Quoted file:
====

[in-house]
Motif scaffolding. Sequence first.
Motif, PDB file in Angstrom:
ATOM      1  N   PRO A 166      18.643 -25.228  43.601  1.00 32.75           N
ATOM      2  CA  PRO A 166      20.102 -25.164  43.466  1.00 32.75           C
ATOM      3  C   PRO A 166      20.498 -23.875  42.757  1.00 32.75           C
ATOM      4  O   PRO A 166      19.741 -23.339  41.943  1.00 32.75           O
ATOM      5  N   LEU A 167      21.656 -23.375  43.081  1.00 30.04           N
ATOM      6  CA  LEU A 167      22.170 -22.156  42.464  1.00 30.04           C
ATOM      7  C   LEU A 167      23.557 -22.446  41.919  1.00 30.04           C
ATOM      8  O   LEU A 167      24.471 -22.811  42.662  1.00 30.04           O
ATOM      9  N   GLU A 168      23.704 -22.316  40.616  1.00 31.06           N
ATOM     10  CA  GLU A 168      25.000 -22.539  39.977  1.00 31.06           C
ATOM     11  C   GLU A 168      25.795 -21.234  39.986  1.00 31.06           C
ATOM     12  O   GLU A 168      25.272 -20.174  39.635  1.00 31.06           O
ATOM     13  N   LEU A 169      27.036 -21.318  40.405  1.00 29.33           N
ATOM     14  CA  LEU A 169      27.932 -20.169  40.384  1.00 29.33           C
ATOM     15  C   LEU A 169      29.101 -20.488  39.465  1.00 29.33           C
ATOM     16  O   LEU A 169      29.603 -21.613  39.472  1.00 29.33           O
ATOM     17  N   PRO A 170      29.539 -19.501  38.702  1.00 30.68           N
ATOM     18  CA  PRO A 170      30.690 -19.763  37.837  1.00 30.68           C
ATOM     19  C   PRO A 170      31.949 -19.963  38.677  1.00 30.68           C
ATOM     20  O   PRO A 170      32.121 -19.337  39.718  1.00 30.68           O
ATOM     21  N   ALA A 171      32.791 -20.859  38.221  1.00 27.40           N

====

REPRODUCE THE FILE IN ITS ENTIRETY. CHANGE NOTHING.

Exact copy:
[in-house]
Motif scaffolding. Sequence first.
Motif, PDB file in Angstrom:
ATOM      1  N   PRO A 166      18.643 -25.228  43.601  1.00 32.75           N
ATOM      2  CA  PRO A 166      20.102 -25.164  43.466  1.00 32.75           C
ATOM      3  C   PRO A 166      20.498 -23.875  42.757  1.00 32.75           C
ATOM      4  O   PRO A 166      19.741 -23.339  41.943  1.00 32.75           O
ATOM      5  N   LEU A 167      21.656 -23.375  43.081  1.00 30.04           N
ATOM      6  CA  LEU A 167      22.170 -22.156  42.464  1.00 30.04           C
ATOM      7  C   LEU A 167      23.557 -22.446  41.919  1.00 30.04           C
ATOM      8  O   LEU A 167      24.471 -22.811  42.662  1.00 30.04           O
ATOM      9  N   GLU A 168      23.704 -22.316  40.616  1.00 31.06           N
ATOM     10  CA  GLU A 168      25.000 -22.539  39.977  1.00 31.06           C
ATOM     11  C   GLU A 168      25.795 -21.234  39.986  1.00 31.06           C
ATOM     12  O   GLU A 168      25.272 -20.174  39.635  1.00 31.06           O
ATOM     13  N   LEU A 169      27.036 -21.318  40.405  1.00 29.33           N
ATOM     14  CA  LEU A 169      27.932 -20.169  40.384  1.00 29.33           C
ATOM     15  C   LEU A 169      29.101 -20.488  39.465  1.00 29.33           C
ATOM     16  O   LEU A 169      29.603 -21.613  39.472  1.00 29.33           O
ATOM     17  N   PRO A 170      29.539 -19.501  38.702  1.00 30.68           N
ATOM     18  CA  PRO A 170      30.690 -19.763  37.837  1.00 30.68           C
ATOM     19  C   PRO A 170      31.949 -19.963  38.677  1.00 30.68           C
ATOM     20  O   PRO A 170      32.121 -19.337  39.718  1.00 30.68           O
ATOM     21  N   ALA A 171      32.791 -20.859  38.221  1.00 27.40           N